“[Hazlett’s] vision was to bring more art lovers into this area where there are so many artists, so many galleries, but people aren’t aware of it as an arts destination, per se,” explained artist Judith Kindler, whose boldly singular body of work seamlessly draws upon photography, sculpture, painting and more to create unique pieces. “She wanted to support the artists, especially those who are not represented or who are underrepresented. She wanted to make this more of a national destination, and I really wanted to support that vision.”

Kindler was among the first artists to sign on for the studio tour seven years ago, and has participated in every tour except last year’s, and in that case only because she was in the process of finalizing a new studio, which is now finished and will be featured in its first tour this year. Her studio is at 823 Buttercup Rd. in Hailey, set back a little behind the bike path.

That aforementioned vision, as Kindler put it, is something the tour and artists have realized in full.

“The caliber of artists is increasing, as is the seriousness and professionalism in the way she approaches marketing,” Kindler said of Hazlett.

Jill Lear, whose studio is several miles down Indian Creek at 113 Geronimo Drive, said, “I’m very excited about this tour. I’ve done it nearly every year, and I love it. I’m off the beaten track, but I still get a nice bunch of people making the effort to come all the way out Indian Creek.”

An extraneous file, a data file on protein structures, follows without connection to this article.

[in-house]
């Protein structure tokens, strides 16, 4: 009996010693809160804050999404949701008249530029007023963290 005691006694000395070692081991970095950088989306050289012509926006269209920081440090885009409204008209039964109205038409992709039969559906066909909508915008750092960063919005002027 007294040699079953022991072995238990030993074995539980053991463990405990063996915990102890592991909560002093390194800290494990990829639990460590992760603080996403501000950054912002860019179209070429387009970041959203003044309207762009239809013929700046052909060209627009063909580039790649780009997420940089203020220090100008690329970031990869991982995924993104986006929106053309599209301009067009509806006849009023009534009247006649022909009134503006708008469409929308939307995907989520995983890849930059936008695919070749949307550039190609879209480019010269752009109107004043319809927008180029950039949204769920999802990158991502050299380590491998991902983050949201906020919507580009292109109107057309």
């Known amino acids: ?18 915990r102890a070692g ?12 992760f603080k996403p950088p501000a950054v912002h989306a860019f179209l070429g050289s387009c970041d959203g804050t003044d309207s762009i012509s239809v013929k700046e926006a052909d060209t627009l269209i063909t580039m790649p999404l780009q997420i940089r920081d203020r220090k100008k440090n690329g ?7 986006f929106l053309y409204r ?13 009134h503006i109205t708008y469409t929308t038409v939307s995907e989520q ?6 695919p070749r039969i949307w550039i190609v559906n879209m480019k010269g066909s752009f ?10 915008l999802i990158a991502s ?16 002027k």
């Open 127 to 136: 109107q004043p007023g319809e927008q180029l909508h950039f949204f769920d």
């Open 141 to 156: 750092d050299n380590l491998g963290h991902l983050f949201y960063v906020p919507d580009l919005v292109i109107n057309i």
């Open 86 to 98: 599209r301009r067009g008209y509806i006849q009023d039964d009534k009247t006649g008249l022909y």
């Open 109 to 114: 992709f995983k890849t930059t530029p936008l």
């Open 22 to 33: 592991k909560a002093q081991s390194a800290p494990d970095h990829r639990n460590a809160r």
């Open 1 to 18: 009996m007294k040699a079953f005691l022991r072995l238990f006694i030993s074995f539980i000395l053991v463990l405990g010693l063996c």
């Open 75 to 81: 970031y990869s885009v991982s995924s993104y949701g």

Lear is producing a series of works depicting some of America’s most impressive old oak trees, which have thrived in urban locations despite pollution and other hindrances.

Her unique approach uses pencil, acrylic, watercolor, washing tape and a wide variety of papers to create slightly abstract but still extremely recognizable renderings of her subjects. Papers of different patterns, textures and weights interweave with one another to create a sense of depth. Without shading or traditional color methods, she makes her two-dimensional images feel three-dimensional, and each captures a particular feeling of the grand trees’ history.

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Jill Lear’s “Urban Sprawl” series reimagines iconic old trees and incorporates papers, penciling, washing tape and more.

“I love these trees, and if anybody should happen to buy anything during the studio tour, I’m going to donate 10 percent to support urban tree-planting organizations,” she said.

Each stop along the tour will provide attendees with a new, individual form of art to enjoy. In one case, art lovers can encounter two artists in one stop.